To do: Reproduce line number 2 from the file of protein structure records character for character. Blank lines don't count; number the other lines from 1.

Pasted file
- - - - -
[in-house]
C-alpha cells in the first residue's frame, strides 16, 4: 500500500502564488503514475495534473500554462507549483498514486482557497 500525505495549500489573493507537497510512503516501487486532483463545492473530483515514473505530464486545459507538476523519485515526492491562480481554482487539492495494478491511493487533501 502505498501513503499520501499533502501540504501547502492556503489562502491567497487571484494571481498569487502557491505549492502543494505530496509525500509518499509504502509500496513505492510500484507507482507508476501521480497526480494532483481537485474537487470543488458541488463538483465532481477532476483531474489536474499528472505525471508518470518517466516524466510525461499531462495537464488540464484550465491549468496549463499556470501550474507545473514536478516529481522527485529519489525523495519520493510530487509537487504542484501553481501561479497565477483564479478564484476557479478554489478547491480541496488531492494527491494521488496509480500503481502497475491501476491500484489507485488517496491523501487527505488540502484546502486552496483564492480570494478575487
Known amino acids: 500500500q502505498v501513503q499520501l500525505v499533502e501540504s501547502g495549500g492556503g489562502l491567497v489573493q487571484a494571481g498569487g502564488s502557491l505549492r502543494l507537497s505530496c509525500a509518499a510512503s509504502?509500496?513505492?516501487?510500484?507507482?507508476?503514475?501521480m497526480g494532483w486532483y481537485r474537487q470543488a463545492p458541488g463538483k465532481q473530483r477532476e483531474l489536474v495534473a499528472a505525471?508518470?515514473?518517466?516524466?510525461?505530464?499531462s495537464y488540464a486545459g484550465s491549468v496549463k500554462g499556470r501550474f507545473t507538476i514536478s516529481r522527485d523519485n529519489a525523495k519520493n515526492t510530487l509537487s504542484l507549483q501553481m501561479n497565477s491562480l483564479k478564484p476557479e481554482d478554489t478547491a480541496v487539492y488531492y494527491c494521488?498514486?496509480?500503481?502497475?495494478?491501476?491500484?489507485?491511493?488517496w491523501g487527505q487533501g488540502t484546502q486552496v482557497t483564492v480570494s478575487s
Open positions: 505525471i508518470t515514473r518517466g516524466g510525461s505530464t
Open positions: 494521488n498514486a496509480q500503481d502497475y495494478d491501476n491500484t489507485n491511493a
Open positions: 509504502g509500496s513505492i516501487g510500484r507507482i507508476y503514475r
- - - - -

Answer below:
C-alpha cells in the first residue's frame, strides 16, 4: 500500500502564488503514475495534473500554462507549483498514486482557497 500525505495549500489573493507537497510512503516501487486532483463545492473530483515514473505530464486545459507538476523519485515526492491562480481554482487539492495494478491511493487533501 502505498501513503499520501499533502501540504501547502492556503489562502491567497487571484494571481498569487502557491505549492502543494505530496509525500509518499509504502509500496513505492510500484507507482507508476501521480497526480494532483481537485474537487470543488458541488463538483465532481477532476483531474489536474499528472505525471508518470518517466516524466510525461499531462495537464488540464484550465491549468496549463499556470501550474507545473514536478516529481522527485529519489525523495519520493510530487509537487504542484501553481501561479497565477483564479478564484476557479478554489478547491480541496488531492494527491494521488496509480500503481502497475491501476491500484489507485488517496491523501487527505488540502484546502486552496483564492480570494478575487